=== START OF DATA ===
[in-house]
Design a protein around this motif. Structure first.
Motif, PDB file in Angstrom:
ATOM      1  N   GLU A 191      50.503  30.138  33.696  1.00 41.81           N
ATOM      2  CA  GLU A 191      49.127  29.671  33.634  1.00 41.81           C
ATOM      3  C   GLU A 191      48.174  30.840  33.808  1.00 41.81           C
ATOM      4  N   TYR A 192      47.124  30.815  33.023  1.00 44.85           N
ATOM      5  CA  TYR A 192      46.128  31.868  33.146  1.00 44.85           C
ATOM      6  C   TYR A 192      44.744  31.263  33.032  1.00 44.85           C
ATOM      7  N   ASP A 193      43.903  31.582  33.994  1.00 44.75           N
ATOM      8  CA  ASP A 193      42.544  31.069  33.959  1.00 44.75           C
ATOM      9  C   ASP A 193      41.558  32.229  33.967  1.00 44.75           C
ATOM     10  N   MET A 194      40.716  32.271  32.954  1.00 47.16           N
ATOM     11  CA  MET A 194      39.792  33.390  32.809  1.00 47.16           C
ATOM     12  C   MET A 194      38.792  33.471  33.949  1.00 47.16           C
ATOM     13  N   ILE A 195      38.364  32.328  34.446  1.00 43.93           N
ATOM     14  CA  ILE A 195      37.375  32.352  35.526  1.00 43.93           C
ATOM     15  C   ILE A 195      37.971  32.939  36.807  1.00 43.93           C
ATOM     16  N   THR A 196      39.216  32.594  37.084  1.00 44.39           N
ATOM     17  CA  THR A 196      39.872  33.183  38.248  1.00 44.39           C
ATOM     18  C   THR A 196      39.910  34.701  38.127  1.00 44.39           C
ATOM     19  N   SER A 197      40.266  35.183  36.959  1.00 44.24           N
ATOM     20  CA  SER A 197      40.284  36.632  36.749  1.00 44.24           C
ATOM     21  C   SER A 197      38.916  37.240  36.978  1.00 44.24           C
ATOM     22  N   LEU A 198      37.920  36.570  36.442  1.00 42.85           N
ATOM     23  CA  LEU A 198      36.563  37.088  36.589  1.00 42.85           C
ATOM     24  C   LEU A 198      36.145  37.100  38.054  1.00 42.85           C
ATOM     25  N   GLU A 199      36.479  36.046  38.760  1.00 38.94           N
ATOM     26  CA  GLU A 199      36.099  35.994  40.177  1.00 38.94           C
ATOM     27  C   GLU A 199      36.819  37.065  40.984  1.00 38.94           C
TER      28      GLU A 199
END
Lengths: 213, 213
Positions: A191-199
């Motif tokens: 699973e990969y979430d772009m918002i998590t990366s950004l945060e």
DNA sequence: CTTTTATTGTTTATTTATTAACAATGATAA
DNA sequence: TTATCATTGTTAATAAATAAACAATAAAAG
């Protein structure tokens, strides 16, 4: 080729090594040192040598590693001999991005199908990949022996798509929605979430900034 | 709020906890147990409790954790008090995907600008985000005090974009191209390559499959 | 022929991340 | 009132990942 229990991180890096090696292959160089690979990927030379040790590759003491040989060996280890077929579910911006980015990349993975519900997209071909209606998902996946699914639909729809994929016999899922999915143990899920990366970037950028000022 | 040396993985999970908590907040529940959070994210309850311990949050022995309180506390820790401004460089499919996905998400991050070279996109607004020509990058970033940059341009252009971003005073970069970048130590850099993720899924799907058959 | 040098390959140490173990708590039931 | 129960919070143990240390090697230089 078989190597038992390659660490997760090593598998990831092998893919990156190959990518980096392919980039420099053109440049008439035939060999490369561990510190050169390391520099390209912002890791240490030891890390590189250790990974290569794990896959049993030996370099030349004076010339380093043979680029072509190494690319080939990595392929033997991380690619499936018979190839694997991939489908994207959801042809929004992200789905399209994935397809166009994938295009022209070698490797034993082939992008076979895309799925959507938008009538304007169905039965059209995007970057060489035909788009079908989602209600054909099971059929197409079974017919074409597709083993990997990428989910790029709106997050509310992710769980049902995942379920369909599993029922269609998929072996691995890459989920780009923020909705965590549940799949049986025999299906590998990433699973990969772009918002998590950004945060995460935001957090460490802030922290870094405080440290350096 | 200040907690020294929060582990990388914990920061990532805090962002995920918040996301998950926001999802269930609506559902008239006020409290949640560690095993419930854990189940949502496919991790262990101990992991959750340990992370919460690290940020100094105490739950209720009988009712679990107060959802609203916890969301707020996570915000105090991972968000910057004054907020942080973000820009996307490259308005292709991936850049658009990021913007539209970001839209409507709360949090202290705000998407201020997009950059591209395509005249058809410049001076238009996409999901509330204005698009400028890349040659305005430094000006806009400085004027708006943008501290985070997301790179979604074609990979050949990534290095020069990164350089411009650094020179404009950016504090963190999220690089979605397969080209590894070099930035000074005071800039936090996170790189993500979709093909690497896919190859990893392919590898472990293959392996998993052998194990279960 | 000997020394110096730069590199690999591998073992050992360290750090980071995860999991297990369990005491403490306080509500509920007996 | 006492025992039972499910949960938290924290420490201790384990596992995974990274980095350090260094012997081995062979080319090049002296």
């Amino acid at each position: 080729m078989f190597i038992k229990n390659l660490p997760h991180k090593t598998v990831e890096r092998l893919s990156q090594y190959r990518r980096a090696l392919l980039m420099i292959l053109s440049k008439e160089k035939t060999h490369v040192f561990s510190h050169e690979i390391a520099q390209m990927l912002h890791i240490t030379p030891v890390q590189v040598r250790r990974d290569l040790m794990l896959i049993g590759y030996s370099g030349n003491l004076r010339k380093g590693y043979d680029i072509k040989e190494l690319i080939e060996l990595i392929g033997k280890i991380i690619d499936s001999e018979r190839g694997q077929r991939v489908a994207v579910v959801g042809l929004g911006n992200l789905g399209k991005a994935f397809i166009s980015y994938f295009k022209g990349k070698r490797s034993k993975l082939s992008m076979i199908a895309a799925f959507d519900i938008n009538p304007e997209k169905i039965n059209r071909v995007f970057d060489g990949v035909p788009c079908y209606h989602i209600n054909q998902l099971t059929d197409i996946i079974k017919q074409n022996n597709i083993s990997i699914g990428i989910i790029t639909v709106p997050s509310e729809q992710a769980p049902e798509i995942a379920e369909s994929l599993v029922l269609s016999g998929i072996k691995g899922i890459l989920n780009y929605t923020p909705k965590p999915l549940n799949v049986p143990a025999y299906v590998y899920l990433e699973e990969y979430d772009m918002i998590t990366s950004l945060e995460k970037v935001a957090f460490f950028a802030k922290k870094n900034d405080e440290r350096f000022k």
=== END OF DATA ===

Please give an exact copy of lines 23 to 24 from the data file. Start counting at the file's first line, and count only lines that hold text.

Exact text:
ATOM     20  CA  SER A 197      40.284  36.632  36.749  1.00 44.24           C
ATOM     21  C   SER A 197      38.916  37.240  36.978  1.00 44.24           C